State Wildlife Grant - T2-1-D
Riparian Restoration on Western Wildlife Management Areas
Feb. 2009 – March 2011
Jared McJunkin, National Wild Turkey Federation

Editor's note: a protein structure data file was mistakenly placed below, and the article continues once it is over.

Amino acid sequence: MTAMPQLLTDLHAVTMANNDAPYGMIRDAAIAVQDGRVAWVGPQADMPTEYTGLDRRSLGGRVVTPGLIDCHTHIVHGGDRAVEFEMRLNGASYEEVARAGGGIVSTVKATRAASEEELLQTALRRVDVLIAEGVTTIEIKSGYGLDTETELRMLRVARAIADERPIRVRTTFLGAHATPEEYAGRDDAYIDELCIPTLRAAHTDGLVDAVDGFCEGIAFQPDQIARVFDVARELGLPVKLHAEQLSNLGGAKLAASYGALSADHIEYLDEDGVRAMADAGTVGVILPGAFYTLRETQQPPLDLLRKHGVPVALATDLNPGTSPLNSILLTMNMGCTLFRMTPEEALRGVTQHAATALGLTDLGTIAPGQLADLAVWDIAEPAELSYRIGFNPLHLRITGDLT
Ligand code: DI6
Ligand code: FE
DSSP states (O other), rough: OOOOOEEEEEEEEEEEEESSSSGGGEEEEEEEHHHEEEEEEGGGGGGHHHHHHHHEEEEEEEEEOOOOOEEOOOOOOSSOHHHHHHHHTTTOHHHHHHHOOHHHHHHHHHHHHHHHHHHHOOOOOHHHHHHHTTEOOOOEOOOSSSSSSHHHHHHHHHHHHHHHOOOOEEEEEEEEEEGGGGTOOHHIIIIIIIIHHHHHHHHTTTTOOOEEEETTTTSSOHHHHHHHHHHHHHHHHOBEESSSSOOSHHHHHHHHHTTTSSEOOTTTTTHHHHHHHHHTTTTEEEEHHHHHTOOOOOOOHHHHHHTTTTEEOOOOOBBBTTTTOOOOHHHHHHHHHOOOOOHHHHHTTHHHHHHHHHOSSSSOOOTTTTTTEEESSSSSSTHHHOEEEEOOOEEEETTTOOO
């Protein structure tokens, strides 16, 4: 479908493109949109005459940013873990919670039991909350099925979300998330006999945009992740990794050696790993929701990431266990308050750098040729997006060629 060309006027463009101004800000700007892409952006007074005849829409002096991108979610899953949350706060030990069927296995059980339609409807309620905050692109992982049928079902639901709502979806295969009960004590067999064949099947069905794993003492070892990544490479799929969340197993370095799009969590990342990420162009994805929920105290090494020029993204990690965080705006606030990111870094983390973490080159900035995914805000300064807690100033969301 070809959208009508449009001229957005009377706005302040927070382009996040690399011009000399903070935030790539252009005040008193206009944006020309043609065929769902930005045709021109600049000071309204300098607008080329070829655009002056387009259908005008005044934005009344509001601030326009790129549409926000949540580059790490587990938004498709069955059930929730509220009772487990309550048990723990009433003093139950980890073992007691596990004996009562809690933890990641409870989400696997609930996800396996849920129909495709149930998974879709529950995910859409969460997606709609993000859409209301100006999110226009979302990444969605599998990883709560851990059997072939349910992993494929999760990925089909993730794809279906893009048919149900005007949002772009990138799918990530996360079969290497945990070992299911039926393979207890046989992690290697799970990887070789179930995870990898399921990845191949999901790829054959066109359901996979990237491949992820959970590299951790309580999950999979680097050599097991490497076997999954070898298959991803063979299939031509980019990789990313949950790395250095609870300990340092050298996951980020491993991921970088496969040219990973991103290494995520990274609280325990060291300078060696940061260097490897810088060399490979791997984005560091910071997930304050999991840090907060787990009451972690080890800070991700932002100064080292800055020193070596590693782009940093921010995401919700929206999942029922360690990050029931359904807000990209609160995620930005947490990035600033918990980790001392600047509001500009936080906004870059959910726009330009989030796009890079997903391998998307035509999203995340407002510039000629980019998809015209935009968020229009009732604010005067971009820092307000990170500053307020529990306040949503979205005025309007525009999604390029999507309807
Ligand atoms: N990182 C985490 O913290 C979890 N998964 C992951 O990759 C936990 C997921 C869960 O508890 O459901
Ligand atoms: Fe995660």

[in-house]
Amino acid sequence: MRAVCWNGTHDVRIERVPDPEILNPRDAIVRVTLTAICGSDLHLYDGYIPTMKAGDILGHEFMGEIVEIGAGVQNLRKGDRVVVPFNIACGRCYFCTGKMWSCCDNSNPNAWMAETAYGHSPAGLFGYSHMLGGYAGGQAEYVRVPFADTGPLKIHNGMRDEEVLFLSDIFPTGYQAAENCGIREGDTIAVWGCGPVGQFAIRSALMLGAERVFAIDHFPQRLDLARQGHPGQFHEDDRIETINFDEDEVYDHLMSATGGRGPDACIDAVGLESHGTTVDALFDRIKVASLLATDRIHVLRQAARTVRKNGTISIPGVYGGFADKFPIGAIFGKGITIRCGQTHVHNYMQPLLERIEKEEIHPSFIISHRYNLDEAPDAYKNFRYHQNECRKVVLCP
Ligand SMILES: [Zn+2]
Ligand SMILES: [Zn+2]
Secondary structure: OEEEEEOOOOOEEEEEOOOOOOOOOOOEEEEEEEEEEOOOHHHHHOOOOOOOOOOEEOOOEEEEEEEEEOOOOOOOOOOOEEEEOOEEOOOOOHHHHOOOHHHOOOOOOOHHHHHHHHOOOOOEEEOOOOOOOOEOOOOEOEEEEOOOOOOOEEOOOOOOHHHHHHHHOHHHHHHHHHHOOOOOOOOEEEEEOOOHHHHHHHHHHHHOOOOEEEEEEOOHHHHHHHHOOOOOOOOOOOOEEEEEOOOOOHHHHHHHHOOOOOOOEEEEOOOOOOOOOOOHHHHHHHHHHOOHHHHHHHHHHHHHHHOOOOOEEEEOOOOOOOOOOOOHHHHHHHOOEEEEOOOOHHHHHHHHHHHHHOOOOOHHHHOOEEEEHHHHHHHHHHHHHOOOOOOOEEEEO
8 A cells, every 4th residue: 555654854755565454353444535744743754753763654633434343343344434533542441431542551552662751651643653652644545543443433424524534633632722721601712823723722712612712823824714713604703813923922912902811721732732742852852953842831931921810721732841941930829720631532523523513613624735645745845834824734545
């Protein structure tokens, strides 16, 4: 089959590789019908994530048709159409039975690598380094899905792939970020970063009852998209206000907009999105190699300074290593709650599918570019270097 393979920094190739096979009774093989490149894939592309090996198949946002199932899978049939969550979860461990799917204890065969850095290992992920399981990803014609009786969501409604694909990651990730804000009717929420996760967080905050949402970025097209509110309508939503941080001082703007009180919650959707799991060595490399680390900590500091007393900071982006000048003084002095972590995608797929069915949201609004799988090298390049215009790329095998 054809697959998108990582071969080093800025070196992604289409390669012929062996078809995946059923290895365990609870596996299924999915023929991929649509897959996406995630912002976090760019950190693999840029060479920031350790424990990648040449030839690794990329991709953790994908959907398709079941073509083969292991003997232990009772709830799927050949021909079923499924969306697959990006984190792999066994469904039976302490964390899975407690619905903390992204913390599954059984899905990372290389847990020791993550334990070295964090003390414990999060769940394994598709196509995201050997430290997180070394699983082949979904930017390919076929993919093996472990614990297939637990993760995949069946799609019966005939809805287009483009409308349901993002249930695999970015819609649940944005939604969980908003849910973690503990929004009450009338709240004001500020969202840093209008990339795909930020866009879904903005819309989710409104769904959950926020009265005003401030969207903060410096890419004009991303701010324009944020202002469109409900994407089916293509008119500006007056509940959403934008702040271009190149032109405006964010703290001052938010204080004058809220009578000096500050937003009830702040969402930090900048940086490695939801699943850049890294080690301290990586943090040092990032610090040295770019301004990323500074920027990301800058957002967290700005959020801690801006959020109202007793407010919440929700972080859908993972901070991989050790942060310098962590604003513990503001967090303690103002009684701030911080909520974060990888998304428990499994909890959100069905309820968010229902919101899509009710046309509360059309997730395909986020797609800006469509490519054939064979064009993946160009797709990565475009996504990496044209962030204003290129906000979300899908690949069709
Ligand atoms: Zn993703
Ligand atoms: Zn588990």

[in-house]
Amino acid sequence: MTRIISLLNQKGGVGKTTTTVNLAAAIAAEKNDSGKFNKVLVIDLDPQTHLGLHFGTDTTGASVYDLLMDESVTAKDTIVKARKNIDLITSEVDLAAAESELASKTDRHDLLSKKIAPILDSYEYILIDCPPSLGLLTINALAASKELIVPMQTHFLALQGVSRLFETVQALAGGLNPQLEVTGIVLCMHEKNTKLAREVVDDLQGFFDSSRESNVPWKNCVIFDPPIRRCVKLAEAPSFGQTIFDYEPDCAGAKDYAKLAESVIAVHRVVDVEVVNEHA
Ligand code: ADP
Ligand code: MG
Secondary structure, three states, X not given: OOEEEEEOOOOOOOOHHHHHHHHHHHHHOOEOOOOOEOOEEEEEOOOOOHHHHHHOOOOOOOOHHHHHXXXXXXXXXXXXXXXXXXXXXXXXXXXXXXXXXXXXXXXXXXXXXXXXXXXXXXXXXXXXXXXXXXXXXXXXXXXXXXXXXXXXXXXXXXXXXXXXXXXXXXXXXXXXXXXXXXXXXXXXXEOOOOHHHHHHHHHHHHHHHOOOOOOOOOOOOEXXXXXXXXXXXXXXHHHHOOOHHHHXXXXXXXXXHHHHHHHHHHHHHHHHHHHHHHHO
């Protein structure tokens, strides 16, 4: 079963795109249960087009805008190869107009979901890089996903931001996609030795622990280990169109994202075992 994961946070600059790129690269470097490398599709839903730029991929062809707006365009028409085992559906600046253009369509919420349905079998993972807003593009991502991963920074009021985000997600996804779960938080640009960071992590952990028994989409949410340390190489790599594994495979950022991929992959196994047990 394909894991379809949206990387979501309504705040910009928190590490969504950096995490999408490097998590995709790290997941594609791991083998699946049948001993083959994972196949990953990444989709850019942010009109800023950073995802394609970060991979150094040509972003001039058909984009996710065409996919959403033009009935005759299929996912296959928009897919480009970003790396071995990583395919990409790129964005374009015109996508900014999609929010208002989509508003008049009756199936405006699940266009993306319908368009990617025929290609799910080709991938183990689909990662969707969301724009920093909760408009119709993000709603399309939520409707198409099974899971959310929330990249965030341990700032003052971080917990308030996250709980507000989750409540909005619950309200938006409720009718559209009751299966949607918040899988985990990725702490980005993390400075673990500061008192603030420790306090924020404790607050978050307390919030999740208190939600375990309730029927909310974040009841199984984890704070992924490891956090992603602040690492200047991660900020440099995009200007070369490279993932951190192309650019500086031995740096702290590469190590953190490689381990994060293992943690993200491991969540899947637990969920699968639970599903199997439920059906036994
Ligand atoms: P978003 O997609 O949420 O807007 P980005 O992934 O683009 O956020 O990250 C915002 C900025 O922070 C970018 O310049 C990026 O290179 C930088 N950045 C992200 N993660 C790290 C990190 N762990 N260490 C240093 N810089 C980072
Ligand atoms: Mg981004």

Russian olive is a non-native, exotic, woody invader that out-competes native vegetation such as cottonwoods and willows; degrades wildlife habitat; and reduces recreational values. Russian olives have contributed to a change in the riverine habitat across the Western U.S. by shading river banks, by reducing available water resources, and by displacing native plant species, both herbaceous and woody. The goal of the proposed habitat improvement project is to address habitat fragmentation by removing a non-native, invasive tree species (Russian olive) from a native ecosystem (riparian systems). The project will restore riverine systems to a more historical state and directly benefit species identified as Species of Conservation Priority in the North Dakota Comprehensive Wildlife Conservation Strategy. The restoration efforts will target Wildlife Management Areas around the Missouri-Yellowstone River confluence.